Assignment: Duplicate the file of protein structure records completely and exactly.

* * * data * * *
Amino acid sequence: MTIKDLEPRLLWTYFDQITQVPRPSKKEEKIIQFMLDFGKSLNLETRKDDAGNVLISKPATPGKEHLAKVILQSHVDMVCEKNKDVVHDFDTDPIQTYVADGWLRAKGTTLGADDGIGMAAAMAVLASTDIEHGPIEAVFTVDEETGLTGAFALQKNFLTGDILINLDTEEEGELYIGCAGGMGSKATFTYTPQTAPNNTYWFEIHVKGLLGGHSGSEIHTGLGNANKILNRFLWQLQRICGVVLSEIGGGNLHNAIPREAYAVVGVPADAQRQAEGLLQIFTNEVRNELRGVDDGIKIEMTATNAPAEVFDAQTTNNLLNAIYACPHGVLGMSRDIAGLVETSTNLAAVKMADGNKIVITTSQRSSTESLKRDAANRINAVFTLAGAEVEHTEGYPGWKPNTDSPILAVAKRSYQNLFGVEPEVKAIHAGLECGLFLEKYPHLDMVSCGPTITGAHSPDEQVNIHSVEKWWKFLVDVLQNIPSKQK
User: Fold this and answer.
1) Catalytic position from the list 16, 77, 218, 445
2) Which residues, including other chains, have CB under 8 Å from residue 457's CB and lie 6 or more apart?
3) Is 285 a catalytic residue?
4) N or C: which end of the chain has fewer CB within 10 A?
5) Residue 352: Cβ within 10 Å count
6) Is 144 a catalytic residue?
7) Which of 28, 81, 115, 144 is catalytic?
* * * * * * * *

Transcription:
Amino acid sequence: MTIKDLEPRLLWTYFDQITQVPRPSKKEEKIIQFMLDFGKSLNLETRKDDAGNVLISKPATPGKEHLAKVILQSHVDMVCEKNKDVVHDFDTDPIQTYVADGWLRAKGTTLGADDGIGMAAAMAVLASTDIEHGPIEAVFTVDEETGLTGAFALQKNFLTGDILINLDTEEEGELYIGCAGGMGSKATFTYTPQTAPNNTYWFEIHVKGLLGGHSGSEIHTGLGNANKILNRFLWQLQRICGVVLSEIGGGNLHNAIPREAYAVVGVPADAQRQAEGLLQIFTNEVRNELRGVDDGIKIEMTATNAPAEVFDAQTTNNLLNAIYACPHGVLGMSRDIAGLVETSTNLAAVKMADGNKIVITTSQRSSTESLKRDAANRINAVFTLAGAEVEHTEGYPGWKPNTDSPILAVAKRSYQNLFGVEPEVKAIHAGLECGLFLEKYPHLDMVSCGPTITGAHSPDEQVNIHSVEKWWKFLVDVLQNIPSKQK
User: Fold this and answer.
1) Catalytic position from the list 16, 77, 218, 445
2) Which residues, including other chains, have CB under 8 Å from residue 457's CB and lie 6 or more apart?
3) Is 285 a catalytic residue?
4) N or C: which end of the chain has fewer CB within 10 A?
5) Residue 352: Cβ within 10 Å count
6) Is 144 a catalytic residue?
7) Which of 28, 81, 115, 144 is catalytic?